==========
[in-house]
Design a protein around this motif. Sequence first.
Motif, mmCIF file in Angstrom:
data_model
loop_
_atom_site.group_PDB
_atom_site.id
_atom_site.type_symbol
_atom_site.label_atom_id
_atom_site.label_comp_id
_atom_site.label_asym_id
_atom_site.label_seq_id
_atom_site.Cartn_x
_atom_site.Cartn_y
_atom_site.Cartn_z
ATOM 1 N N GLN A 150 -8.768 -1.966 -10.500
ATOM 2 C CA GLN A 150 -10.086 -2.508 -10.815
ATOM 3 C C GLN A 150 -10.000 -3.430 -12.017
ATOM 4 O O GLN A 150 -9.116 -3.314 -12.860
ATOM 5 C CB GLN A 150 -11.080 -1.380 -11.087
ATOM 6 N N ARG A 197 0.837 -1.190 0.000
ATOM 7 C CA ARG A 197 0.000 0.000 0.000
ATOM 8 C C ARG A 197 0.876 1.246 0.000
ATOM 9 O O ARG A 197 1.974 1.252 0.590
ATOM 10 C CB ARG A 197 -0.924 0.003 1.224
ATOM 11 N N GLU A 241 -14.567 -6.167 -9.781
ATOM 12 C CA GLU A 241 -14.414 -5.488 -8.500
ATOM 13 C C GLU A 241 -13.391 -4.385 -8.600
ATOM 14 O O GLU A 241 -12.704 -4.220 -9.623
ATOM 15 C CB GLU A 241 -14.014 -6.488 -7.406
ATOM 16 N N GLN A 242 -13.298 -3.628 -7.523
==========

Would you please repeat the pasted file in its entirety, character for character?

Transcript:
[in-house]
Design a protein around this motif. Sequence first.
Motif, mmCIF file in Angstrom:
data_model
loop_
_atom_site.group_PDB
_atom_site.id
_atom_site.type_symbol
_atom_site.label_atom_id
_atom_site.label_comp_id
_atom_site.label_asym_id
_atom_site.label_seq_id
_atom_site.Cartn_x
_atom_site.Cartn_y
_atom_site.Cartn_z
ATOM 1 N N GLN A 150 -8.768 -1.966 -10.500
ATOM 2 C CA GLN A 150 -10.086 -2.508 -10.815
ATOM 3 C C GLN A 150 -10.000 -3.430 -12.017
ATOM 4 O O GLN A 150 -9.116 -3.314 -12.860
ATOM 5 C CB GLN A 150 -11.080 -1.380 -11.087
ATOM 6 N N ARG A 197 0.837 -1.190 0.000
ATOM 7 C CA ARG A 197 0.000 0.000 0.000
ATOM 8 C C ARG A 197 0.876 1.246 0.000
ATOM 9 O O ARG A 197 1.974 1.252 0.590
ATOM 10 C CB ARG A 197 -0.924 0.003 1.224
ATOM 11 N N GLU A 241 -14.567 -6.167 -9.781
ATOM 12 C CA GLU A 241 -14.414 -5.488 -8.500
ATOM 13 C C GLU A 241 -13.391 -4.385 -8.600
ATOM 14 O O GLU A 241 -12.704 -4.220 -9.623
ATOM 15 C CB GLU A 241 -14.014 -6.488 -7.406
ATOM 16 N N GLN A 242 -13.298 -3.628 -7.523